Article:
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InsightJun 09, 2021

Elevating Design Voices: Paul Santos RGD

Written by Paul Santos RGD

As we expand our Elevating Design Voices series, 2SLGBTQIA+ Members share their work, experiences and insight on building an inclusive and diverse design community. First up, Paul Santos RGD.

Paul has partnered with Conservation Authorities across Ontario, non-profits and government departments on both the Canadian and US sides of the border to raise awareness and educate the public about local and international environmental issues. In 2020, he created the Leaders to be Proud Scholarship Award, a bursary for high school graduates who show strong leadership skills and advocate for inclusivity, diversity and support for the 2SLGBTQ1A+ community within their school or hometown. It is the first award of its kind within the Windsor-Essex region.

While some social progress has been made in regards to the representation and inclusion of the 2SLGBTQIA+ community, we still have a long way to go. What role does design play in creating a more inclusive world?

Design is the match that can ignite big change. As the origin for ideas, it allows for questions to be asked and concepts to be shared, torn apart and re-built stronger. It's common for us to create from the perspective of our own experiences, which can lead to an unintentional blindspot to other angles and viewpoints. Doing research outside your comfort zone and personal bias can help designers gain valuable insights and opportunities to design more inclusive products and services. Being 2SLGBTQIA+ already puts you at an advantage — when you recognize your own differences you more easily notice the lack of representation of other marginalized groups. Design is uniquely positioned to reflect diversity through imagery/graphics and visuals where diverse communities can be represented and included in experiences and products.  

What are the steps an organization should take to build an 2SLGBTQIA+ inclusive workplace?

Organizations must recognize that fostering diversity benefits both the company and the consumer's experience. Having diverse voices in the designing and decision-making process challenges the mainstream and leads to creative thinking and improved results. Organizations need to make a concerted effort to hire employees from a variety of backgrounds, experiences, genders and ethnicities. It is important to start with a diverse hiring committee to eliminate bias from the beginning and it is also important to look at non-traditional methods for recruitment e.g. referrals and head hunting, etc.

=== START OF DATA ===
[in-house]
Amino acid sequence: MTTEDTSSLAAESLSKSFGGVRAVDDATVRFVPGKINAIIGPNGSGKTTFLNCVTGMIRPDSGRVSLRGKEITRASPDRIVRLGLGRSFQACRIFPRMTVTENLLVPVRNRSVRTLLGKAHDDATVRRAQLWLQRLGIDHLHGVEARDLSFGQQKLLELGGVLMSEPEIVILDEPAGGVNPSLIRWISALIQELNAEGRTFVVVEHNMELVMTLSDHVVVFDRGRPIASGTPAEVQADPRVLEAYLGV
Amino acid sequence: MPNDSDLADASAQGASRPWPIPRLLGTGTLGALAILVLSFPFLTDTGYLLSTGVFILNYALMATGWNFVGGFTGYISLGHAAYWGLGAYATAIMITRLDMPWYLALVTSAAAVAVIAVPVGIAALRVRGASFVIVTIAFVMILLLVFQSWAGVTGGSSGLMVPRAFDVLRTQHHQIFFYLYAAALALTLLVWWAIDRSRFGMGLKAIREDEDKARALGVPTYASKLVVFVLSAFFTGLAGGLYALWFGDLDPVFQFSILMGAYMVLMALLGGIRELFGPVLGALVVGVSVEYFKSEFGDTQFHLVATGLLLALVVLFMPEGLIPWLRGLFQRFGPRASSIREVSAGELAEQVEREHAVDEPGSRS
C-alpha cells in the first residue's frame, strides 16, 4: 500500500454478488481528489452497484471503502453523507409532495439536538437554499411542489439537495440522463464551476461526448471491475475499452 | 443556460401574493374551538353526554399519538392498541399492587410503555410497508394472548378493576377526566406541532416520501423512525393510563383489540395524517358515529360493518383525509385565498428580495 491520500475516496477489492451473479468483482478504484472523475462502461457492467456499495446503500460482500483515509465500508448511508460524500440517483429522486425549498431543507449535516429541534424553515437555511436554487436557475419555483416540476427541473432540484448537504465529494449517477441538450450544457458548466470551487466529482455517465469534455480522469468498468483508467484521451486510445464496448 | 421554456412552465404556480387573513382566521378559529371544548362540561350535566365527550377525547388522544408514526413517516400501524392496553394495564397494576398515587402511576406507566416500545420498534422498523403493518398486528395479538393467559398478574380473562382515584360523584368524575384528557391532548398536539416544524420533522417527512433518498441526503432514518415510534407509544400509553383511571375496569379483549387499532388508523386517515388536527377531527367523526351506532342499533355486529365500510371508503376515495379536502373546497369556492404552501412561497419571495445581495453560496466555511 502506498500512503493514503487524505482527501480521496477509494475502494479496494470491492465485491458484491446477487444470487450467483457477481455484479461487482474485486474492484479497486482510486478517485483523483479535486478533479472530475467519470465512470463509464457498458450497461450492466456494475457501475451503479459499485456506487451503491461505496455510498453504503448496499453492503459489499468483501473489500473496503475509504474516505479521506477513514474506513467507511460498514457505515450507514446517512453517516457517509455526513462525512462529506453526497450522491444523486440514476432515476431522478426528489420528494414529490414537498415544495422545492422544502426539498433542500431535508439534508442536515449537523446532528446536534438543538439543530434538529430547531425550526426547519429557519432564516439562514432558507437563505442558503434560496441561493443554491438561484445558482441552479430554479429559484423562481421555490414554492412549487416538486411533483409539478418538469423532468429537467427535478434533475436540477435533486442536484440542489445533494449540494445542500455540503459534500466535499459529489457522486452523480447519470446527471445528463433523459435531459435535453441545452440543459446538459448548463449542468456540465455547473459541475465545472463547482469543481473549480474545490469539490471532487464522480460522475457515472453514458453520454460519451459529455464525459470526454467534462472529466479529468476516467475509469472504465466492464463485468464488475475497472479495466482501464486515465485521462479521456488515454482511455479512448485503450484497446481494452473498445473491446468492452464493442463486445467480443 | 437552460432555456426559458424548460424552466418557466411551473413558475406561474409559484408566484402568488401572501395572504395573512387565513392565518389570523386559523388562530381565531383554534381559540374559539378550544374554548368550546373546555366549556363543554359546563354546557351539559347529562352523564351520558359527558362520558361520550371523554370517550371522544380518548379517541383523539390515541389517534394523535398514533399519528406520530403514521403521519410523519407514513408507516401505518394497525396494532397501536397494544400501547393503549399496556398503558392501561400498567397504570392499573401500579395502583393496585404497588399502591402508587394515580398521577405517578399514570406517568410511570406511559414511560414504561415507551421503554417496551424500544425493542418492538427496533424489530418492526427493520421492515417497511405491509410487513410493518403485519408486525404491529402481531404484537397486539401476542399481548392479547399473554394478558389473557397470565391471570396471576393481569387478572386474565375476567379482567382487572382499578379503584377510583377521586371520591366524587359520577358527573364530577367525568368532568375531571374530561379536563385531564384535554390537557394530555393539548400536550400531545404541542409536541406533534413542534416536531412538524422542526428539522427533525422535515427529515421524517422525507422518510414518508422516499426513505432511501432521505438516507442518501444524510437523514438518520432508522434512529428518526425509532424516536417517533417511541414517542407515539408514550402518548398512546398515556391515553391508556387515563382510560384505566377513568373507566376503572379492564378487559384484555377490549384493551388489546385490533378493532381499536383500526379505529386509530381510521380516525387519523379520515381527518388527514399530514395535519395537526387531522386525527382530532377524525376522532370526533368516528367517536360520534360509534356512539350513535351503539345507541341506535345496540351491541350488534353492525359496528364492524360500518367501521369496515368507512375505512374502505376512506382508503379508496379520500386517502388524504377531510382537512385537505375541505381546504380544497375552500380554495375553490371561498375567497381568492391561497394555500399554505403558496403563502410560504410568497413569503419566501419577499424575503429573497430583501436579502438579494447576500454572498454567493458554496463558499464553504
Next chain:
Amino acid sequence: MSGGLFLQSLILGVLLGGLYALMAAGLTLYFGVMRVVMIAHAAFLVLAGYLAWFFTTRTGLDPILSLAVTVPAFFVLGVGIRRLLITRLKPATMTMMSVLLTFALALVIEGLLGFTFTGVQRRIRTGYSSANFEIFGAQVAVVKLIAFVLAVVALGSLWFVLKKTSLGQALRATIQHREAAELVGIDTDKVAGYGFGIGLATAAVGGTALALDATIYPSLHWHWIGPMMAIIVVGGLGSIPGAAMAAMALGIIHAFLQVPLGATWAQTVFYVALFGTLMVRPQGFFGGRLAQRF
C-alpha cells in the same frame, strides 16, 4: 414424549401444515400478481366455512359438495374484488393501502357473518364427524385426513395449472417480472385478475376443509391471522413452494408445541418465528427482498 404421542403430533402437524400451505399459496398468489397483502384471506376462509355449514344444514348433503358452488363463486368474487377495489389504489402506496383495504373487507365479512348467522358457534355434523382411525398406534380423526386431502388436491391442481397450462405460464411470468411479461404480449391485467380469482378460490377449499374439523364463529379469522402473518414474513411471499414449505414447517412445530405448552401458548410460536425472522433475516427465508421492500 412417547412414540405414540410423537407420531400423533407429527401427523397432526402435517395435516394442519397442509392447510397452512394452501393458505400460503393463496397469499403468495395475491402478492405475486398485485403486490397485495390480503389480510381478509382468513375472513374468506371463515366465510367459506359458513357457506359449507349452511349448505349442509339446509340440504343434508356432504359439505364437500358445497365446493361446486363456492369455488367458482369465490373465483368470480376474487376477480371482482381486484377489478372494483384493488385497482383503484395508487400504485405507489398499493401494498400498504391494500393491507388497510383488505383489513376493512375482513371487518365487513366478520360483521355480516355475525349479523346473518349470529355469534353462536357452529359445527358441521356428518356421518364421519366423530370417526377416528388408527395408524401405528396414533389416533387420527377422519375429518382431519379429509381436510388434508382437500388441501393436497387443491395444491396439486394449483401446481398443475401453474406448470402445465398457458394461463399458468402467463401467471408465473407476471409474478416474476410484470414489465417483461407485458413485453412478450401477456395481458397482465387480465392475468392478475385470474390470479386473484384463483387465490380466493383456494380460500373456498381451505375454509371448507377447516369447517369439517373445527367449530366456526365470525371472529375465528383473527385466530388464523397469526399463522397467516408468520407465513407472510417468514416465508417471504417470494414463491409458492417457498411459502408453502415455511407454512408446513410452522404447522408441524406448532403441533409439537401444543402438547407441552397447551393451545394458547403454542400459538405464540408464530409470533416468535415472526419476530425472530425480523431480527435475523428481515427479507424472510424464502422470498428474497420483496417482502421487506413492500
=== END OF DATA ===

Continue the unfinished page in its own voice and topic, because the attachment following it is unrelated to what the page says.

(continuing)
How can design schools and colleges develop an 2SLGBTQIA+-friendly curriculum?

By educating themselves on the amazing work the 2SLGBTQIA+ community has made throughout history. They need to understand the impact those groundbreaking ideas have had on the designcommunity and why those contributions need to be not only integrated into the curriculum but celebrated. Educators should include a broad range of people when assigning topics for art and history, so that students can see themselves in their schoolwork. This will allow them to have a more authentic understanding of the world around them.

How can design schools and colleges nurture a more positive, inclusive environment for students?

Support students from different walks of life. Encourage them to share their stories and experiences in a safe and open environment. Examine school policies, then if needed re-examine them! Be open and transparent and make sure to respond to hateful behaviour. The worst thing a teacher can do is nothing. Empower educators to feel confident enough to stand up and stop unacceptable behaviour. These actions can send a signal of safety and acceptance and will have a big impact on the student experience.

You founded an awards program for high school graduates advocating for inclusivity, diversity and support for the 2SLGBTQ1A+ community. Can you tell us more about it?

This award came about when I was brainstorming a variety of events and social activities to connect my local 2SLGBTQ1A+ community together. The Windsor-Essex region may be small, but we have made big strides towards inclusion and representation. I still wanted to do more, especially outside the city where marginalized populations and particularly youth are at greater risk of mental health and wellbeing issues. Our local schools and students have really taken inclusion and acceptance to the next level. It’s a space where real change is happening. I wanted to acknowledge the courageous actions that young people are taking and hopefully spark life long change. 

A message you’d like to share with the next generation of designers.

Do your research and work hard. Don’t just stop at trends. While it’s tempting and what the client usually wants, I hear you, trends turn old faster than it’ll take you to create them. Educate yourself on the rich history that is design — especially within the 2SLGBTQIA+ community. Our design can have some real pain and strength behind it. And lastly, sometimes the biggest wounds don't come from the outside world but from ourselves. Recognizing and overcoming your own internalized homophobia will help you take back power and support others. I’m here to tell you that your voice is important, your story is unique and your differences are what make you valuable!


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